Philosophy Dictionary of Arguments

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Perception, philosophy: perceptions are conscious or unconscious processings of changes of state or events in the environment or within a living organism. Perceptions are happening in the present. Memories and imaginations are not perceptions. In language usage the expression of perception is used both for the process of perception and for the perceived. See also stimuli, sensations, sense perceptions, computation, memory, ideas.

Annotation: The above characterizations of concepts are neither definitions nor exhausting presentations of problems related to them. Instead, they are intended to give a short introduction to the contributions below. – Lexicon of Arguments.

Author Item Summary Meta data

Wilfrid Sellars on Perception - Dictionary of Arguments

Perception/Sellars: includes thoughts - but is not cognitive as such. - Clarity: needs something non-cognitive.
I 43
Perception/Sellars: might be explained by molecular behavior, but not by analyzing the speech behavior - and therefore not by sense data as an intermediate instance between being and appearance.
I 99:
Impression/Sellars: that there is something. - Thought: that something will appear. - Perception: as if there would be something.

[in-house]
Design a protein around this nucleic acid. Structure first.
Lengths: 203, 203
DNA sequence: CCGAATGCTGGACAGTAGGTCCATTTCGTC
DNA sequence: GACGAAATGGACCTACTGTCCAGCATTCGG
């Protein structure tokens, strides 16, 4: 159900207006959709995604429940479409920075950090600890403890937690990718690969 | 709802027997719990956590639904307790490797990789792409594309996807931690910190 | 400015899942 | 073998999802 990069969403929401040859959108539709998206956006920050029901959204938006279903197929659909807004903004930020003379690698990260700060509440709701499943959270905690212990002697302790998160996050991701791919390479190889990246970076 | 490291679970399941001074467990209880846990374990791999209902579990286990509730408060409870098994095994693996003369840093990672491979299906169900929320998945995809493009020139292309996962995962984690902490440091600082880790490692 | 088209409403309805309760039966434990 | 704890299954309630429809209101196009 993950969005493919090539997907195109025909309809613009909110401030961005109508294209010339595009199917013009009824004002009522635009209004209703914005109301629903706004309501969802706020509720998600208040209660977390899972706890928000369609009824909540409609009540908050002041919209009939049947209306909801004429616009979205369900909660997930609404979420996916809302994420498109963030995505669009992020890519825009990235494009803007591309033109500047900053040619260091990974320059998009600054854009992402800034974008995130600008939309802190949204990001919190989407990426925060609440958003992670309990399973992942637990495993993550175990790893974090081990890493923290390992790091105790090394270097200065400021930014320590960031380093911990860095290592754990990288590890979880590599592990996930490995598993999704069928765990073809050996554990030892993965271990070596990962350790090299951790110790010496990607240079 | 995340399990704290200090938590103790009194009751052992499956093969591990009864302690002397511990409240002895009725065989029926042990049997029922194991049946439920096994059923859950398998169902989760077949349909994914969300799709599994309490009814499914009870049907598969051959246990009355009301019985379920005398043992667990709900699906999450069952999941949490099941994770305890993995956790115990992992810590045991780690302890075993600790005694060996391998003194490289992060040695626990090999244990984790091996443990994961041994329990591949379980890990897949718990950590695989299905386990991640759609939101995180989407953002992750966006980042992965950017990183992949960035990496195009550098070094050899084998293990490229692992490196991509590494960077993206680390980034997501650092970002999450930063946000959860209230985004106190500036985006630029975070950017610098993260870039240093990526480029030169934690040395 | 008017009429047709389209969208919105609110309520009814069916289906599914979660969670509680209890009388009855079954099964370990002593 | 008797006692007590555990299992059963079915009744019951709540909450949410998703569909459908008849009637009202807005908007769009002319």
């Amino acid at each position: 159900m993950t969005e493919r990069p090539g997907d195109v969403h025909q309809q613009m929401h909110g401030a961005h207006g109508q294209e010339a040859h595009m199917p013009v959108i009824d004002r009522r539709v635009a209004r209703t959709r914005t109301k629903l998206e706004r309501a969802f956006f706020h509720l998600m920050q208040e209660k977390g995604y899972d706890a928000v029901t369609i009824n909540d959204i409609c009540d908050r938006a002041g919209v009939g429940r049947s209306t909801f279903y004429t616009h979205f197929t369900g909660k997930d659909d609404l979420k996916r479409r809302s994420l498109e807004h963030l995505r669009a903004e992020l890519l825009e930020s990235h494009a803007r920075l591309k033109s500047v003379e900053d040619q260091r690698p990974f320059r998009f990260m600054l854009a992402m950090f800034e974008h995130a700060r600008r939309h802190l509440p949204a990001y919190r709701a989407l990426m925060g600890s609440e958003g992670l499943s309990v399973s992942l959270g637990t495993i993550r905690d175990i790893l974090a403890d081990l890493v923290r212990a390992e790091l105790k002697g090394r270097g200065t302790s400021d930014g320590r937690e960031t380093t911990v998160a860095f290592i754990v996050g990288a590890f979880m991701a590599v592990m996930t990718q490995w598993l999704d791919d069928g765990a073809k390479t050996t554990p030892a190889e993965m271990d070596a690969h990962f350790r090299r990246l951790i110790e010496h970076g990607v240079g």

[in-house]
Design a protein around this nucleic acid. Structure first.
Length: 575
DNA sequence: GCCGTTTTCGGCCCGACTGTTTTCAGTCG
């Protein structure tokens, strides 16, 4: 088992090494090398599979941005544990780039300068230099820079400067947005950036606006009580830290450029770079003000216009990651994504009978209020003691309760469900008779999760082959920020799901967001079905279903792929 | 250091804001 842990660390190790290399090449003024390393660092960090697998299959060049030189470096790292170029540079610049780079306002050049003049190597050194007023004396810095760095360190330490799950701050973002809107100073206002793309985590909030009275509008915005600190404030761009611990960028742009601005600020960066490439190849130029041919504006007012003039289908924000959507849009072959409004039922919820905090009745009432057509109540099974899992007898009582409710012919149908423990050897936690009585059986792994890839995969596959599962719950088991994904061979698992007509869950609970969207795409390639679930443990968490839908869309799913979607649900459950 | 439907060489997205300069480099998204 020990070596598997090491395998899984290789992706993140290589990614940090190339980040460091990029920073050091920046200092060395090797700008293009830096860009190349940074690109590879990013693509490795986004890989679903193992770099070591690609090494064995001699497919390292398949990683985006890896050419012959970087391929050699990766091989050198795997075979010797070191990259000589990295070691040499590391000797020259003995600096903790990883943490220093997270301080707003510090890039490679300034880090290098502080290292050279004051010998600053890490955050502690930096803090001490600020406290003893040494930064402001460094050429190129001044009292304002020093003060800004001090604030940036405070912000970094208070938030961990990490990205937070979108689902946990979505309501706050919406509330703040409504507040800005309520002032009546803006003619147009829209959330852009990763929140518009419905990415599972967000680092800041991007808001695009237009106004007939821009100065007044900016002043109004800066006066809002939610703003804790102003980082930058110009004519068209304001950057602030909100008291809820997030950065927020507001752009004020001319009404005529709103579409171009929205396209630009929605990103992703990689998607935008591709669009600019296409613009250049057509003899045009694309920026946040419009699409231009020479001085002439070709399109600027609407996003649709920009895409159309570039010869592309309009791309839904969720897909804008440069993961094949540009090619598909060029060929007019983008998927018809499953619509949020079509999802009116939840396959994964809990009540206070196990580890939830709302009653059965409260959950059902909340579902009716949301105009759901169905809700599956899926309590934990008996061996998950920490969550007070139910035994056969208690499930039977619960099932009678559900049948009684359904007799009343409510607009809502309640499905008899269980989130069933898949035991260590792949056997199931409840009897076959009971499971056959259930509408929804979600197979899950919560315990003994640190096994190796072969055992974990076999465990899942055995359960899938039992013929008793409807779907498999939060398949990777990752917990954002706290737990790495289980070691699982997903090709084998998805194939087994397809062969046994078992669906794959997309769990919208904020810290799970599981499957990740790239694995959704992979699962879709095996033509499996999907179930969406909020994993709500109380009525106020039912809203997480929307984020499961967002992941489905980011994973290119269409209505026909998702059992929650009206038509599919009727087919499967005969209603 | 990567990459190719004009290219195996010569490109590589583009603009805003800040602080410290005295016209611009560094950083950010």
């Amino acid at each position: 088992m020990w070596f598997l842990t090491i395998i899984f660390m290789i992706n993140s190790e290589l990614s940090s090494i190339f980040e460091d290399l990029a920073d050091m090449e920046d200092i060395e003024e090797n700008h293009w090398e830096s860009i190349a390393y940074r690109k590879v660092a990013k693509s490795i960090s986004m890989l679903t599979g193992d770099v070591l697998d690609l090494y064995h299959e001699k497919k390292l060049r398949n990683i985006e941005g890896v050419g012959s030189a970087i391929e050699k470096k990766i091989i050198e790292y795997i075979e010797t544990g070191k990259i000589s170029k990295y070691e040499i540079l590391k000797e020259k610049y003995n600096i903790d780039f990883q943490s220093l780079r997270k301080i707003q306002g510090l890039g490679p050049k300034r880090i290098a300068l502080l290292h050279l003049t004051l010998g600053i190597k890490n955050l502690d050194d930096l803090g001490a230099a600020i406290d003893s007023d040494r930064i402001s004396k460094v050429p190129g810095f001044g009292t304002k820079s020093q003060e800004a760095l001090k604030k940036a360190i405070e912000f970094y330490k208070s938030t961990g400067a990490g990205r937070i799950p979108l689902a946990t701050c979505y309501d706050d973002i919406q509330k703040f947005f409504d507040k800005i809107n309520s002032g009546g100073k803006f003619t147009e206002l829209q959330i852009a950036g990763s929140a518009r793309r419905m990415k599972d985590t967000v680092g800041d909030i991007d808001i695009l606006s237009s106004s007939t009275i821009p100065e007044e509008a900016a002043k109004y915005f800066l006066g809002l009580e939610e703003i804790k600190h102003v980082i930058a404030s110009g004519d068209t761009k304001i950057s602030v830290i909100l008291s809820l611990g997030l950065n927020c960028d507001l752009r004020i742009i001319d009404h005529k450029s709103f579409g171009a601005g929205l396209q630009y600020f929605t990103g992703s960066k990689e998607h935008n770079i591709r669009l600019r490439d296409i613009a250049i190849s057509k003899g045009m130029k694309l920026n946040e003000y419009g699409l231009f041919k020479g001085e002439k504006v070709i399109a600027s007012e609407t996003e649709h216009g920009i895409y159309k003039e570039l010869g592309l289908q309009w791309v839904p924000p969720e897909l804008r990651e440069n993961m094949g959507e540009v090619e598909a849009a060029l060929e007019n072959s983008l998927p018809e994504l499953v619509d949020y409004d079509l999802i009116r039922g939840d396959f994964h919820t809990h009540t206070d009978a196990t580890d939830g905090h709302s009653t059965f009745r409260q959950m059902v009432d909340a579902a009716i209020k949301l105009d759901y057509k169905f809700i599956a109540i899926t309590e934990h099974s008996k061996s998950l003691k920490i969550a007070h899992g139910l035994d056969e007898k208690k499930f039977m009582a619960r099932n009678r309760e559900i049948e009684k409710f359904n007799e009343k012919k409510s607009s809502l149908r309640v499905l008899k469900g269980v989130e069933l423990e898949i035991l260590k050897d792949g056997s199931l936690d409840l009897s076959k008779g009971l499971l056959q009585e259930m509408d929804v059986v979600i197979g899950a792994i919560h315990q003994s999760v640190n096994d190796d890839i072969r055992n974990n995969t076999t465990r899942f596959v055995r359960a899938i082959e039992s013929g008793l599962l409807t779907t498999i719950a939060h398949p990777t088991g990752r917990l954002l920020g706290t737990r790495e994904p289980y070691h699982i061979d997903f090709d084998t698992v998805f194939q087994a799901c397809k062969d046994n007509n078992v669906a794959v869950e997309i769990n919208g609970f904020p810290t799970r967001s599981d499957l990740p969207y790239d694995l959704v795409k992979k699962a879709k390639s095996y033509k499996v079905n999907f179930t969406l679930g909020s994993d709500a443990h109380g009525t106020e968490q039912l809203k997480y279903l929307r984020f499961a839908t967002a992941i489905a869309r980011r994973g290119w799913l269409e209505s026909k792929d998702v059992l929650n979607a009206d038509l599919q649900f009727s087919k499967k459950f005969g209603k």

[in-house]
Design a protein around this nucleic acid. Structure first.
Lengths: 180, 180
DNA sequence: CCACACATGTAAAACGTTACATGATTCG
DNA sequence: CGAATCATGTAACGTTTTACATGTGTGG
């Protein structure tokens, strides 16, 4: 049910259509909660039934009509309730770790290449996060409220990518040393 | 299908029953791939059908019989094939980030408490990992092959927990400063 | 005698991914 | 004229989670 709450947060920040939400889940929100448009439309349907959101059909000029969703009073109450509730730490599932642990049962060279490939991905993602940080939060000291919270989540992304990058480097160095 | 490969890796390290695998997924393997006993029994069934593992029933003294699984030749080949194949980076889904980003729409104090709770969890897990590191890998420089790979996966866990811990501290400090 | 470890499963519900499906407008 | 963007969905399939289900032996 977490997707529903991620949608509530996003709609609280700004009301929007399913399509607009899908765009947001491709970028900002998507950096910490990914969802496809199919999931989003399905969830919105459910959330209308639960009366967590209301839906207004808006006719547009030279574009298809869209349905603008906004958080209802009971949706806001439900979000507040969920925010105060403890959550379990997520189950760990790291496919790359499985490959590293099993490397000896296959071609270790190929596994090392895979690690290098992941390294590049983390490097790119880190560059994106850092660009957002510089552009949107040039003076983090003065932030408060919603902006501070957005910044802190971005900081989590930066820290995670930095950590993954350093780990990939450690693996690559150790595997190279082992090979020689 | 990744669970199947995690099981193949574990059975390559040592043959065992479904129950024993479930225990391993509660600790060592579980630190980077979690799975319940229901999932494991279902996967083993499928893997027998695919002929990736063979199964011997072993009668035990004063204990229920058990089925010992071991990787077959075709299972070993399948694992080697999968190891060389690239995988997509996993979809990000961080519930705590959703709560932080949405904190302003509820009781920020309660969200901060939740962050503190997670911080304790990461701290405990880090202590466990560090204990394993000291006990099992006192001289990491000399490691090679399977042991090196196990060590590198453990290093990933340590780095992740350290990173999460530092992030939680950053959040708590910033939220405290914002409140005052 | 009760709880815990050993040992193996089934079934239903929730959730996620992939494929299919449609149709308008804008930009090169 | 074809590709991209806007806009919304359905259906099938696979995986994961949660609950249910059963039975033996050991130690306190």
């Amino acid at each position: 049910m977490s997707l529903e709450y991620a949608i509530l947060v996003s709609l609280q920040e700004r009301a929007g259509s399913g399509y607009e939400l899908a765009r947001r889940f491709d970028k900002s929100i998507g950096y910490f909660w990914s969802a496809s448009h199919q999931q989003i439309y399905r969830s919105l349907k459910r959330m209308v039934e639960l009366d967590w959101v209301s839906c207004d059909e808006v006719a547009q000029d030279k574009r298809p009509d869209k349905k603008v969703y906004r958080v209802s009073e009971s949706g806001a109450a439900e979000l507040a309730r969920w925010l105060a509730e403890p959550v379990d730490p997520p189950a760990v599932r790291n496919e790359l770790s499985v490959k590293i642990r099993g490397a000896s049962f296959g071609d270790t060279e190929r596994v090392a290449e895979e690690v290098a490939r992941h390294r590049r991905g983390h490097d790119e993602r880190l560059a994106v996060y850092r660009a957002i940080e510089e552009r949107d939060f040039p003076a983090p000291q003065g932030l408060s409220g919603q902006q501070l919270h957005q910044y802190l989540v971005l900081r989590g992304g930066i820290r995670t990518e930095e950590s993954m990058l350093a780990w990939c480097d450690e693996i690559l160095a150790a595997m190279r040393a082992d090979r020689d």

I 103
Perception/Sellars: right question: what would correspond, for example, with electromagnetic concepts in a micro theory of sentient organisms - (not: how do impressions and electro mechanics fit together). - Not only behavior, also inner episodes - impressions need to be inter-subjective, not completely dissolvable symptoms in behavioral impressions: states. (But not physiological). - Impressions are not objects.
Graeser I 46
Perception/Sellars/Graeser: adverbial: he preceives reddish.

Explanation of symbols: Roman numerals indicate the source, arabic numerals indicate the page number. The corresponding books are indicated on the right hand side. ((s)…): Comment by the sender of the contribution. Translations: Dictionary of Arguments
The note [Author1]Vs[Author2] or [Author]Vs[term] is an addition from the Dictionary of Arguments. If a German edition is specified, the page numbers refer to this edition.

Sellars I
Wilfrid Sellars
The Myth of the Given: Three Lectures on the Philosophy of Mind, University of London 1956 in: H. Feigl/M. Scriven (eds.) Minnesota Studies in the Philosophy of Science 1956
German Edition:
Der Empirismus und die Philosophie des Geistes Paderborn 1999

Sellars II
Wilfred Sellars
Science, Perception, and Reality, London 1963
Wahrheitstheorien, Gunnar Skirbekk, Frankfurt/M. 1977

Grae I
A. Graeser
Positionen der Gegenwartsphilosophie. München 2002

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Ed. Martin Schulz, access date 2021-08-03
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